(RNS) — The number of churches that reported a drop in giving due to the sour economy rose nearly 10 percent last year, according to a new survey.
In 2009, 38 percent of churches reported a decline in giving, versus 29 percent in 2008.
Megachurches — those with 2,000 members or more — were hit hardest, with 47 percent reporting a decrease in giving last year, up from 23 percent in 2008.
The second “State of the Plate” study, by Colorado Springs-based Maximum Generosity and Christianity Today International, was based on data from 1,017 churches. The study included small and large churches, as well as mainline, evangelical, Pentecostal, nondenominational, Catholic, and Orthodox parishes.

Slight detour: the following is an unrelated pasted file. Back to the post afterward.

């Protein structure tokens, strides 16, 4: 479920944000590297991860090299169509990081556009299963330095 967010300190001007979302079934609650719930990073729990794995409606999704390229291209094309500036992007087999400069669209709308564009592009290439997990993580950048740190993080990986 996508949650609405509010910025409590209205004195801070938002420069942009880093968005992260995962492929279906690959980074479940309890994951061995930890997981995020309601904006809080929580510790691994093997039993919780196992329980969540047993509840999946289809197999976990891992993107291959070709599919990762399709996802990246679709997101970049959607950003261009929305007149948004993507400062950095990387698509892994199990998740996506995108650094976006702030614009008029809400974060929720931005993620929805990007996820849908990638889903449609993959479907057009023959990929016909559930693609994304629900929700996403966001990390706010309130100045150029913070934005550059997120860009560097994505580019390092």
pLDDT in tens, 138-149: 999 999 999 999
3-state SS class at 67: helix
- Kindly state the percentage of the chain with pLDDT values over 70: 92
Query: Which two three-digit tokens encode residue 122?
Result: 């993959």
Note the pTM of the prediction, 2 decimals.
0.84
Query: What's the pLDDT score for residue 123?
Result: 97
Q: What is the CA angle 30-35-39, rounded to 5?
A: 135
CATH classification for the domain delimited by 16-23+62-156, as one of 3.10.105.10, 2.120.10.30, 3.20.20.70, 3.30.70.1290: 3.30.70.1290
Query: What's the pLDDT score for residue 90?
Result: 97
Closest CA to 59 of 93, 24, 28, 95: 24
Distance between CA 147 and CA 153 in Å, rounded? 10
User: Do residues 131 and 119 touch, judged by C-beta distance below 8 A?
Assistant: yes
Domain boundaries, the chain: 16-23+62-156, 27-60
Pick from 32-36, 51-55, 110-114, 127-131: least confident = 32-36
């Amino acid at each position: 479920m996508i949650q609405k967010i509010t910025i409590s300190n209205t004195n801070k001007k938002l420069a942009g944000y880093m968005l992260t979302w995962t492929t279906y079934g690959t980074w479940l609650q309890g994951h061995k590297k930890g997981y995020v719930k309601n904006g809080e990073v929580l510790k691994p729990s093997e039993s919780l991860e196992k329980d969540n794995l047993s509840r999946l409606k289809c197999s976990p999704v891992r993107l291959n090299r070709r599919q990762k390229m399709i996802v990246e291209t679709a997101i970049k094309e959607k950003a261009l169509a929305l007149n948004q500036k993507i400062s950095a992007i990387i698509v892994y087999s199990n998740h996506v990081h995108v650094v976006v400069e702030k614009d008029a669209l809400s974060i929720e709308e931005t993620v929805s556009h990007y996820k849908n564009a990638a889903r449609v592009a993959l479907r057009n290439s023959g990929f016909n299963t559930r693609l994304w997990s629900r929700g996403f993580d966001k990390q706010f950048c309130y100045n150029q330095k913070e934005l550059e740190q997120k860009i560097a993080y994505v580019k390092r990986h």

“Multiple research projects last year documented the sharp decline in church giving,” said Brian Kluth, founder of Maximum Generosity. “Our research this year shows things have only gotten worse for a growing number of churches.”
West Coast states suffered most from the depressed economy: 55 percent reported decreased giving. Mountain states were close behind with 48 percent reporting a drop in giving.
The study also found that December contributions, usually high during the holiday season, fell short of expectations, leaving many churches in the hole as they started the new year.
Even so, 45 percent of churches increased their budget for 2010, and 24 percent kept their budget the same. The report said the 34 percent of churches that scaled back made cuts in travel and conferences, ministry programs, and expansion or renovation projects.
The survey, sent via e-mail, was not a traditional random phone sample and does not have a statistical margin of error.
— Kimberlee Hauss
© 2010 Religion News Service. Used with permission.